Does an athlete's anger differ by sport type and gender?

Chris Glover*, Paul McCarthy, Lindsey Burns, Bryan McCann

*Corresponding author for this work

Research output: Contribution to journalArticlepeer-review

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Abstract

Anger is an emotion that is frequently associated with a bad reputation. Anger has proven to play an effective role in certain athletic achievements; however, it is unknown which sport and gender have the athletes whose performance is most influenced by anger. In this study, we administered the STAXI-2 to determine relationships between gender and levels of athlete anger in 156 British athletes across a range of contact and non-contact sports and competitive levels (from professional/Olympians to recreational). We investigated differences in levels of anger in relation to the sport they played. Although not statistically significant, the results indicated that male athletes scored higher in trait, expression-out, anger control-out, and overall anger index, but females scored higher in state anger. The findings revealed that athletes in contact sports have higher levels of trait anger, but non contact athletes have higher levels of state anger. This study’s findings imply that anger does not influence all athletes similarly because anger is subjective to persons and sports.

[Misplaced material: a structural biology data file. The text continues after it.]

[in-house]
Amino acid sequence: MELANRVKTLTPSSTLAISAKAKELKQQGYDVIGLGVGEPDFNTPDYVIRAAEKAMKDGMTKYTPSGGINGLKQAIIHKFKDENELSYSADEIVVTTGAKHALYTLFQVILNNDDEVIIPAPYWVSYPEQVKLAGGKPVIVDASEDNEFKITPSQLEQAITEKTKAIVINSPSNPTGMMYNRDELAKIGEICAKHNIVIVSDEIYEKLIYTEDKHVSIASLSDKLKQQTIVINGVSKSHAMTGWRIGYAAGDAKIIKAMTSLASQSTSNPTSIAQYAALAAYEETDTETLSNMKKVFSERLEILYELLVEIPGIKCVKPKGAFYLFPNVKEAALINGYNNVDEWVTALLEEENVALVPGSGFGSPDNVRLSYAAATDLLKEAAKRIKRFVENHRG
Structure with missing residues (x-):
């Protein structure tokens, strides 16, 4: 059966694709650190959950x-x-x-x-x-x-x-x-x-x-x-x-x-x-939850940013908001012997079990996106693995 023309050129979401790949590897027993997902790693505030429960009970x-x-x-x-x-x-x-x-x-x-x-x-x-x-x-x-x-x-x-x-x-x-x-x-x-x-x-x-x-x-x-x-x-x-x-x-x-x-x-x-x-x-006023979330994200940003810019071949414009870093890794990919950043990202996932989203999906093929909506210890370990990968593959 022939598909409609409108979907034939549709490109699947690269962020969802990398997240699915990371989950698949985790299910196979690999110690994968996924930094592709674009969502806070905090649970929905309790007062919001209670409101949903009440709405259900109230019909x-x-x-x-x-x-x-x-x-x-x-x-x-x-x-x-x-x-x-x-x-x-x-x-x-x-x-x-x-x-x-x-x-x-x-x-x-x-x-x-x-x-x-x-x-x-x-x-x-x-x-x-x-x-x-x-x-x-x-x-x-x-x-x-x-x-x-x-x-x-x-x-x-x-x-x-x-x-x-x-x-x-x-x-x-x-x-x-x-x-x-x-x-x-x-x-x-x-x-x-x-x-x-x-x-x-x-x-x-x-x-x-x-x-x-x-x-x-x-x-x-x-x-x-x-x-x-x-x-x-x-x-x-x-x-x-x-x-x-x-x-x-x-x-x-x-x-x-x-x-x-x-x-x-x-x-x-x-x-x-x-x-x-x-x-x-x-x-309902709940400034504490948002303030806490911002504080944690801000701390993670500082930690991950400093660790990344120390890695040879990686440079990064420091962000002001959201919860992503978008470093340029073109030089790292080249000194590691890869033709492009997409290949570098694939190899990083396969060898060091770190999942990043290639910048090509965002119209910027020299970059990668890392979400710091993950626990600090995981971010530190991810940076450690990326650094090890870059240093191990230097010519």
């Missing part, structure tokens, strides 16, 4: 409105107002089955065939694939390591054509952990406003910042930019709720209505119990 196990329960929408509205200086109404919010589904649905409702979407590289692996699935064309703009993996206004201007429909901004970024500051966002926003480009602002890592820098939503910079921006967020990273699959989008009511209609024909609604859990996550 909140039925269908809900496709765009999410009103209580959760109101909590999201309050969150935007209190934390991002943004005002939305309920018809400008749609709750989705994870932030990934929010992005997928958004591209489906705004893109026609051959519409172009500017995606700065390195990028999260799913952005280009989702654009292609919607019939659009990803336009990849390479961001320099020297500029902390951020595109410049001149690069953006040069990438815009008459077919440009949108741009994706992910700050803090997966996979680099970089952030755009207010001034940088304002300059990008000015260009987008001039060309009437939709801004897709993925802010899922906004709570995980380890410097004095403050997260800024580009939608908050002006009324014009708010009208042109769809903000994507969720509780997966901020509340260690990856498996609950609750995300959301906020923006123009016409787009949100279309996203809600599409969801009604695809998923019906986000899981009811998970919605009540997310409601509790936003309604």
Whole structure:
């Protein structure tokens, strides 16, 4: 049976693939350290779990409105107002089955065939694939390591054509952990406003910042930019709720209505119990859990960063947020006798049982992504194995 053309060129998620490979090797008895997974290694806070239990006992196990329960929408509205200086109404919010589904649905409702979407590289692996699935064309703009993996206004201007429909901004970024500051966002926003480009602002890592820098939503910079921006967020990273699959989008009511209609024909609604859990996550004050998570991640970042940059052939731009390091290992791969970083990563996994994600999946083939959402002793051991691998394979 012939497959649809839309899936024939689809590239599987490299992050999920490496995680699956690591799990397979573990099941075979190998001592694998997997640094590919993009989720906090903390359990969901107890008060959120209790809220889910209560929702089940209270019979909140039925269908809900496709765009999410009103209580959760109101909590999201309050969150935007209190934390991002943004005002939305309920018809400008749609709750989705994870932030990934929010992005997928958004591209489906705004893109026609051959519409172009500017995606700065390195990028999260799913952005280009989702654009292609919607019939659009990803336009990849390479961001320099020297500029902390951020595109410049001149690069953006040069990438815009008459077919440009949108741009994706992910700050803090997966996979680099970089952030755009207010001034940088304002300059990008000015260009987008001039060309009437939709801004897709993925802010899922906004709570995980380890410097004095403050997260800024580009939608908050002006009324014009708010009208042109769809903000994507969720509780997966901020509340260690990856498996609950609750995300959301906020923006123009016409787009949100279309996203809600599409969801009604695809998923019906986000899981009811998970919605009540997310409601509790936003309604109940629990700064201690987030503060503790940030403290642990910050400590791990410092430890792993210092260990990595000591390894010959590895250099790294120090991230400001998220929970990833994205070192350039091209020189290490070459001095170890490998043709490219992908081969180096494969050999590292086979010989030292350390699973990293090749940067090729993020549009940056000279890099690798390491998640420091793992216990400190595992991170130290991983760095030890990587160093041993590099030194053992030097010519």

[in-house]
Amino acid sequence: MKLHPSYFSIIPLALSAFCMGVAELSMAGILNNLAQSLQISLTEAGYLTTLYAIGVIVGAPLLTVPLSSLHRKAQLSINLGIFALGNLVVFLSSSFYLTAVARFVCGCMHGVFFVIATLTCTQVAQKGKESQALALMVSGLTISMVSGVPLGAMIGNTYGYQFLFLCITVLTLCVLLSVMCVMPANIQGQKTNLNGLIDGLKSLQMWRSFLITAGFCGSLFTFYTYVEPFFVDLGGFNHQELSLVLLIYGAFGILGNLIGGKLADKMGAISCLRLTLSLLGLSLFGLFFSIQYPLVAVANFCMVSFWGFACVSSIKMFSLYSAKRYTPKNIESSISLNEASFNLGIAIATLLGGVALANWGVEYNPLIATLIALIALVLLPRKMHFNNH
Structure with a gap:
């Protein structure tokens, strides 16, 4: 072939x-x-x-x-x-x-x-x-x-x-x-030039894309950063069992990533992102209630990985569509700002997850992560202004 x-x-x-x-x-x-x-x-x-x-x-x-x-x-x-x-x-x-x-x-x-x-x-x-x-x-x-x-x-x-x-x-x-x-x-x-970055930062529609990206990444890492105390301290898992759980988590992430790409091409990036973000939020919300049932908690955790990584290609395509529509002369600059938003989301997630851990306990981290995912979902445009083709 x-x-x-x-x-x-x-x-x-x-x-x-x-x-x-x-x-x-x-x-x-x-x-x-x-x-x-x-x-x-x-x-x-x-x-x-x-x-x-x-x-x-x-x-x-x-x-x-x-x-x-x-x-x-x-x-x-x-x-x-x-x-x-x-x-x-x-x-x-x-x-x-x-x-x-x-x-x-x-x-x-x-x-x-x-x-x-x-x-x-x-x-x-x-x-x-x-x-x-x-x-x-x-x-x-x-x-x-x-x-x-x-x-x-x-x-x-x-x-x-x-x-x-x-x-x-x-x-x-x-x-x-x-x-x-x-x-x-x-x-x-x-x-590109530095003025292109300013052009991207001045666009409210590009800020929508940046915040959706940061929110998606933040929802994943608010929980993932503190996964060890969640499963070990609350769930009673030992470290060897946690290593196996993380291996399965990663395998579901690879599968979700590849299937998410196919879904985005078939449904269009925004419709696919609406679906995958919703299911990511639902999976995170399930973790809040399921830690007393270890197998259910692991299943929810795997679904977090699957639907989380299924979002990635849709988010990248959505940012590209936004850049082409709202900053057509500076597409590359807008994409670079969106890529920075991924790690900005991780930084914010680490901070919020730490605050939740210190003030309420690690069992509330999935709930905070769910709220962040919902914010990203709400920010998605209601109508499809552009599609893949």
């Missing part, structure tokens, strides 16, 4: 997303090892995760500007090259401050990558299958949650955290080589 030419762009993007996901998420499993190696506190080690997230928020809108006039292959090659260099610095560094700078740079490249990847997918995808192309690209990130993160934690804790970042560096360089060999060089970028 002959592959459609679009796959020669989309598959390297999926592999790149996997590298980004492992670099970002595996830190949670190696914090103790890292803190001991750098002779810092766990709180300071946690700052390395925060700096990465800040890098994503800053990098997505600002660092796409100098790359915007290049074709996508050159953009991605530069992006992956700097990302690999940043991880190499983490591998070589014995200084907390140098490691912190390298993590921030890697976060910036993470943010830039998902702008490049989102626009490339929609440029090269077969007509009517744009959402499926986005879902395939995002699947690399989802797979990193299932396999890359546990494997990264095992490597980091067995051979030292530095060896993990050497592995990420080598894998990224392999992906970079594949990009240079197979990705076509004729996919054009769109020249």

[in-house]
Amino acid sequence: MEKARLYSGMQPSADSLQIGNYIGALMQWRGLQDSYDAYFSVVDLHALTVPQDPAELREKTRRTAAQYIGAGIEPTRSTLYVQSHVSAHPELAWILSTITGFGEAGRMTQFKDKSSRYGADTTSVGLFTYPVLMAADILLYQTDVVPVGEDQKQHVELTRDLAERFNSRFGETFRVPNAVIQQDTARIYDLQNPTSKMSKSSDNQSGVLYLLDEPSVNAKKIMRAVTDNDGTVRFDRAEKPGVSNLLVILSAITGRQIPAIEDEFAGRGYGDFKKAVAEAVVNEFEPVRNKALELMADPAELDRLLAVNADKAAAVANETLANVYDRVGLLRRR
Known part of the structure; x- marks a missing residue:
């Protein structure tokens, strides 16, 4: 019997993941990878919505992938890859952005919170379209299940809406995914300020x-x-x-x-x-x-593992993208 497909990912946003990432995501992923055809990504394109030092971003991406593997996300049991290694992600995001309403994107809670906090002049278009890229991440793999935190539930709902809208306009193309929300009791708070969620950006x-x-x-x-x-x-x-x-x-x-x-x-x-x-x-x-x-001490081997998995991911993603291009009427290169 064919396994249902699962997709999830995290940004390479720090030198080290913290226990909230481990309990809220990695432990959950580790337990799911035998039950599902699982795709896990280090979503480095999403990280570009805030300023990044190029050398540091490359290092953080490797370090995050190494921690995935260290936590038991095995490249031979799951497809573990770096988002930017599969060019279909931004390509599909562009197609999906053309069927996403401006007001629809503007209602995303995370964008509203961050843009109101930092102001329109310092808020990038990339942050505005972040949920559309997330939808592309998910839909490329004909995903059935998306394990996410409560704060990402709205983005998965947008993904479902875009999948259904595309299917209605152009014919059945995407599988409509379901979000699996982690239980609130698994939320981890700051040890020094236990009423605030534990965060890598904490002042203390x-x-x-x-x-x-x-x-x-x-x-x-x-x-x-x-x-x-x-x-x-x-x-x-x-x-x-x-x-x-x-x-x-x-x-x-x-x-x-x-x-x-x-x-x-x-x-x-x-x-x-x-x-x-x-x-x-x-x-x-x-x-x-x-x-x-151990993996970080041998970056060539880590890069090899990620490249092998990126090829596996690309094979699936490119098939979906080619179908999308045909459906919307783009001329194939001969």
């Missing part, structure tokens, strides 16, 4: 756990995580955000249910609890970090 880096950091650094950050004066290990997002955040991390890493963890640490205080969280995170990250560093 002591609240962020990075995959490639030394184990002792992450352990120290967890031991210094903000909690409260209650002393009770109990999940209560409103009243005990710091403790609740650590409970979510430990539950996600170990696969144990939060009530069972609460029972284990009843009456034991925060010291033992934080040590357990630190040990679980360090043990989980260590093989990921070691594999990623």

Original languageEnglish
JournalInternational Journal of Sport Psychology
Publication statusAccepted/In press - 29 Sep 2022

Keywords

  • anger
  • gender
  • performance
  • contact and non-contact

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